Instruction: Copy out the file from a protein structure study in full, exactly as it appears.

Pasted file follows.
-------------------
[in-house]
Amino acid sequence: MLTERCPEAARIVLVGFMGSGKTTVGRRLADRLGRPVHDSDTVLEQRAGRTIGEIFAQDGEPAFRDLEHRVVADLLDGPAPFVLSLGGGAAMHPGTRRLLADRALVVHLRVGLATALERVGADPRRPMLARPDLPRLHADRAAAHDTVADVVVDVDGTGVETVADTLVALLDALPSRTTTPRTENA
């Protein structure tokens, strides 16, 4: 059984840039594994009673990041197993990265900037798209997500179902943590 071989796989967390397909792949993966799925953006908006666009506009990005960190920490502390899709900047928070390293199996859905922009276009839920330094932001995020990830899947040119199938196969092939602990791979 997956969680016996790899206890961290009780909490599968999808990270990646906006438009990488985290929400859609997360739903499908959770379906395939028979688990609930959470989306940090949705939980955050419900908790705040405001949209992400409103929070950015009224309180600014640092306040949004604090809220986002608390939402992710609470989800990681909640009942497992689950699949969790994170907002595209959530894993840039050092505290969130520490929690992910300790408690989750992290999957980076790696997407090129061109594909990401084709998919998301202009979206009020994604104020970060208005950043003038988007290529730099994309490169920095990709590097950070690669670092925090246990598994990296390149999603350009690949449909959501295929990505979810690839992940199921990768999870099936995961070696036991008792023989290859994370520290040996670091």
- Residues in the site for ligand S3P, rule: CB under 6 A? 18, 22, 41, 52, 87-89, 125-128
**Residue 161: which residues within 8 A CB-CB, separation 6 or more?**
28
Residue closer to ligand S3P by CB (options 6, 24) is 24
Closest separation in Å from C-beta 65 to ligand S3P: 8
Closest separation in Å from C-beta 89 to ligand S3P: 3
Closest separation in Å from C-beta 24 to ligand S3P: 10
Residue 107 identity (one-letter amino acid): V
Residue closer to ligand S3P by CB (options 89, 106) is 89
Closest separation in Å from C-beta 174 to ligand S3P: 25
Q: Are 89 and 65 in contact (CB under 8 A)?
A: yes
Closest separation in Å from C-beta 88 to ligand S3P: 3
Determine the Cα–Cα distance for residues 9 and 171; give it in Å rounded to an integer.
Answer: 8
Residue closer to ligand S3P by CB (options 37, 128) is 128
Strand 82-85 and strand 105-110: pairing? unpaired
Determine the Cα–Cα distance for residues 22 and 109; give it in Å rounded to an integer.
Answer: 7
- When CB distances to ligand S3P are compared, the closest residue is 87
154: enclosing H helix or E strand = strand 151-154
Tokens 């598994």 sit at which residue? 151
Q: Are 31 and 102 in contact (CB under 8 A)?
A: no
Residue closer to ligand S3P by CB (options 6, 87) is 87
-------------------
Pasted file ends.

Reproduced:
[in-house]
Amino acid sequence: MLTERCPEAARIVLVGFMGSGKTTVGRRLADRLGRPVHDSDTVLEQRAGRTIGEIFAQDGEPAFRDLEHRVVADLLDGPAPFVLSLGGGAAMHPGTRRLLADRALVVHLRVGLATALERVGADPRRPMLARPDLPRLHADRAAAHDTVADVVVDVDGTGVETVADTLVALLDALPSRTTTPRTENA
């Protein structure tokens, strides 16, 4: 059984840039594994009673990041197993990265900037798209997500179902943590 071989796989967390397909792949993966799925953006908006666009506009990005960190920490502390899709900047928070390293199996859905922009276009839920330094932001995020990830899947040119199938196969092939602990791979 997956969680016996790899206890961290009780909490599968999808990270990646906006438009990488985290929400859609997360739903499908959770379906395939028979688990609930959470989306940090949705939980955050419900908790705040405001949209992400409103929070950015009224309180600014640092306040949004604090809220986002608390939402992710609470989800990681909640009942497992689950699949969790994170907002595209959530894993840039050092505290969130520490929690992910300790408690989750992290999957980076790696997407090129061109594909990401084709998919998301202009979206009020994604104020970060208005950043003038988007290529730099994309490169920095990709590097950070690669670092925090246990598994990296390149999603350009690949449909959501295929990505979810690839992940199921990768999870099936995961070696036991008792023989290859994370520290040996670091």
- Residues in the site for ligand S3P, rule: CB under 6 A? 18, 22, 41, 52, 87-89, 125-128
**Residue 161: which residues within 8 A CB-CB, separation 6 or more?**
28
Residue closer to ligand S3P by CB (options 6, 24) is 24
Closest separation in Å from C-beta 65 to ligand S3P: 8
Closest separation in Å from C-beta 89 to ligand S3P: 3
Closest separation in Å from C-beta 24 to ligand S3P: 10
Residue 107 identity (one-letter amino acid): V
Residue closer to ligand S3P by CB (options 89, 106) is 89
Closest separation in Å from C-beta 174 to ligand S3P: 25
Q: Are 89 and 65 in contact (CB under 8 A)?
A: yes
Closest separation in Å from C-beta 88 to ligand S3P: 3
Determine the Cα–Cα distance for residues 9 and 171; give it in Å rounded to an integer.
Answer: 8
Residue closer to ligand S3P by CB (options 37, 128) is 128
Strand 82-85 and strand 105-110: pairing? unpaired
Determine the Cα–Cα distance for residues 22 and 109; give it in Å rounded to an integer.
Answer: 7
- When CB distances to ligand S3P are compared, the closest residue is 87
154: enclosing H helix or E strand = strand 151-154
Tokens 């598994």 sit at which residue? 151
Q: Are 31 and 102 in contact (CB under 8 A)?
A: no
Residue closer to ligand S3P by CB (options 6, 87) is 87